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smaller pitch chain systems?

neebneeb Posts: 4,467
edited June 2018 in Road general
So Campagnolo have brought out 12 speed and completely undermined the whole point of it IMO by only offering 11-29 cassettes, so in terms of actual commonly usable gears (if you are currently happy with, say, 12-27 or 12-25) it is in fact a downgrade from 11 speed to 10 speed or even 9 speed, with bigger rather than smaller gaps between the cogs... Duh..

Maybe I'm unusual but I like cog gaps to be as small as possible across the range and even find 1 tooth gaps a bit big sometimes (i.e. I sometimes feel I would prefer a gear between two cogs that are only one tooth apart).

So rather than add more giant cogs for those oh-so-common 20km climbs at 25% average gradient I would rather that some thought went into smaller gear gaps. The only way to go smaller than one tooth is to reduce the size of the teeth and use a smaller pitch chain. Despite all of the supposed advances in cycling tech in recent years (at least half of which are pretty pointless) we are still using the same 1/2 inch chain pitch that's been around since god knows when. I assume that smaller pitch chainrings, cassettes and chains could be fitted to current 11 speed drive trains if they were available?

Personally, this would be of much more benefit to my all-round cycling experience than disc brakes, tubeless tyres, 1x and (I despair..) clucth rear mechs.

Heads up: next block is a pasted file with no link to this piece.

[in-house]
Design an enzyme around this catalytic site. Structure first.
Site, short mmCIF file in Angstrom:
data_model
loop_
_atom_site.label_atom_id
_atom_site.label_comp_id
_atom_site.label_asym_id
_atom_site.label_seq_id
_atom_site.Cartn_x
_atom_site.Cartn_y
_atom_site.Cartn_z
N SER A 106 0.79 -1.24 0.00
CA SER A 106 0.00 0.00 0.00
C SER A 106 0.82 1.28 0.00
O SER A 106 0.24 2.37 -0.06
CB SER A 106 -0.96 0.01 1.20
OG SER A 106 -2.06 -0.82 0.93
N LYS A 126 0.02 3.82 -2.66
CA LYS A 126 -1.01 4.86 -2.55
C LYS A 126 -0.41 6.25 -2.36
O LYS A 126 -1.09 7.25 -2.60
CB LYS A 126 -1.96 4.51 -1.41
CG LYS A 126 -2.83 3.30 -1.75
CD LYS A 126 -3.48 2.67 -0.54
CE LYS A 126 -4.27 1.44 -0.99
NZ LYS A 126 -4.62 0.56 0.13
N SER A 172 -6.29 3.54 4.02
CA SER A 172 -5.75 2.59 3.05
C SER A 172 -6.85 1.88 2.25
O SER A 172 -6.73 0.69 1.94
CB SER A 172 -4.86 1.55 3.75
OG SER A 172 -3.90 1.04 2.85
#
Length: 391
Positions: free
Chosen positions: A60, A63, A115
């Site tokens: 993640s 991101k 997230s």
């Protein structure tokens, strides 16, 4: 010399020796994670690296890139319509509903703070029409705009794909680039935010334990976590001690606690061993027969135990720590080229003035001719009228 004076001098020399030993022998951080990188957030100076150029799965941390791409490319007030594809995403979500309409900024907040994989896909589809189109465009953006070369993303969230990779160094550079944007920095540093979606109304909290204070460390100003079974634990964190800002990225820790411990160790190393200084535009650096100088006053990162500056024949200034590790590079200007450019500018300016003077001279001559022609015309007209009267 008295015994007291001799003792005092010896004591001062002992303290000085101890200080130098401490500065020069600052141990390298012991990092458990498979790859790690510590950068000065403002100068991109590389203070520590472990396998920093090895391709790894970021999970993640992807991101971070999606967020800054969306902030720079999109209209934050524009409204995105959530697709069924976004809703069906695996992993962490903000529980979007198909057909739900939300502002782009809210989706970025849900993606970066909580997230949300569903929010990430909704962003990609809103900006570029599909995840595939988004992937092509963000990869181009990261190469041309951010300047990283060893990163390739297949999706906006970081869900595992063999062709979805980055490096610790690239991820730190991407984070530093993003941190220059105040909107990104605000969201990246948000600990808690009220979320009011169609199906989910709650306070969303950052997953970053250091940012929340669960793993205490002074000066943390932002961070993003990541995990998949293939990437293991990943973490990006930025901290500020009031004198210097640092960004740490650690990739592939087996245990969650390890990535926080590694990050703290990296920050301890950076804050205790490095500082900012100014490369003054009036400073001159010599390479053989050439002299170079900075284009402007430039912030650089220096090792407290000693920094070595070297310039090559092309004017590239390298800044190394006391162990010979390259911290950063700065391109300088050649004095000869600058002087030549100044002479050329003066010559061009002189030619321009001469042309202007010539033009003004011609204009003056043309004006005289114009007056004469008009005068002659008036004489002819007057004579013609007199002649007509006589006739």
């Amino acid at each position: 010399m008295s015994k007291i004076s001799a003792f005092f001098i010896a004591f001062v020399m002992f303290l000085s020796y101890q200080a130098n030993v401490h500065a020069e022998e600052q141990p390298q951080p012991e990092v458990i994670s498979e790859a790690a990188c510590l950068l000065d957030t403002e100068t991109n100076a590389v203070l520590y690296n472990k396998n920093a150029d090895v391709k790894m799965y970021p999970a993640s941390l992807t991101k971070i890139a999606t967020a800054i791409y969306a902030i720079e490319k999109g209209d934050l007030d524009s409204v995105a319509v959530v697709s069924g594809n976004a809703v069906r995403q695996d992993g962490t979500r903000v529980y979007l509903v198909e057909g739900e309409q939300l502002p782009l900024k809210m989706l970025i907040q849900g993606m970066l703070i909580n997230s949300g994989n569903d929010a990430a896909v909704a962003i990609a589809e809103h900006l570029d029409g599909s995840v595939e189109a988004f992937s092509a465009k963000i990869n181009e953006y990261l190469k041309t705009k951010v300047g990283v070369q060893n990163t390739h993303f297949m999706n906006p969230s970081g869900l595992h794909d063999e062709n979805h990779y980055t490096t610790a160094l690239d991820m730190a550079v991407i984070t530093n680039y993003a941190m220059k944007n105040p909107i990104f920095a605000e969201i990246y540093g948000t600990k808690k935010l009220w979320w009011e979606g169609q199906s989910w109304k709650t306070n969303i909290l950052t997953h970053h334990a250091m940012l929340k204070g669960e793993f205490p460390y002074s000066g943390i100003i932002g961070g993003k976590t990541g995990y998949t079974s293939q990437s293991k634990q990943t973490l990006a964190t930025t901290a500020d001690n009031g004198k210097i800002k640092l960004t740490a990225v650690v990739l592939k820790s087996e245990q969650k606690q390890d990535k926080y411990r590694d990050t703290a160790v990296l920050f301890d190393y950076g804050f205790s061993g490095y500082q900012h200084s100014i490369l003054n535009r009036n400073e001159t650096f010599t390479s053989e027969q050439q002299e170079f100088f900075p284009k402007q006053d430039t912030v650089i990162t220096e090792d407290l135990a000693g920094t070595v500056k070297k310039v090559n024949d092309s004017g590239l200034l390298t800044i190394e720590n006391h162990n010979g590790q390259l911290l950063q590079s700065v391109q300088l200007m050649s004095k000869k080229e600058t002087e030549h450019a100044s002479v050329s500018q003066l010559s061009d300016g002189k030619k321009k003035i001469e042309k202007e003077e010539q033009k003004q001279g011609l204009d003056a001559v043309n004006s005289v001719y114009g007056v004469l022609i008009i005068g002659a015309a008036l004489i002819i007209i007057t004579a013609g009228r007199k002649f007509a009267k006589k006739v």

And before they think of commenting, hipster single-speed fans can just... not.

Posts

  • amrushtonamrushton Posts: 1,245
    1/8" is a track chain. road chains are normally 3/32". Supposedly there will be a greater choice of cassettes later. They have released the most popular firt
  • bompingtonbompington Posts: 7,674
    I assume ½" refers to the length of a link, not the width.

    All of which makes me wonder, while manfully attempting to repress the urge to poke fun at someone who feels the need for a 27½ tooth cog:

    Are current sizes of chain (pitch and width), chainrings and cogs what they are because of convention, is it ease of manufacture, or is there actual engineering evidence that they are at least close to optimum?
  • imposter2.0imposter2.0 Posts: 12,015
    neeb wrote:
    Despite all of the supposed advances in cycling tech in recent years (at least half of which are pretty pointless) we are still using the same 1/2 inch chain pitch that's been around since god knows when. I assume that smaller pitch chainrings, cassettes and chains could be fitted to current 11 speed drive trains if they were available?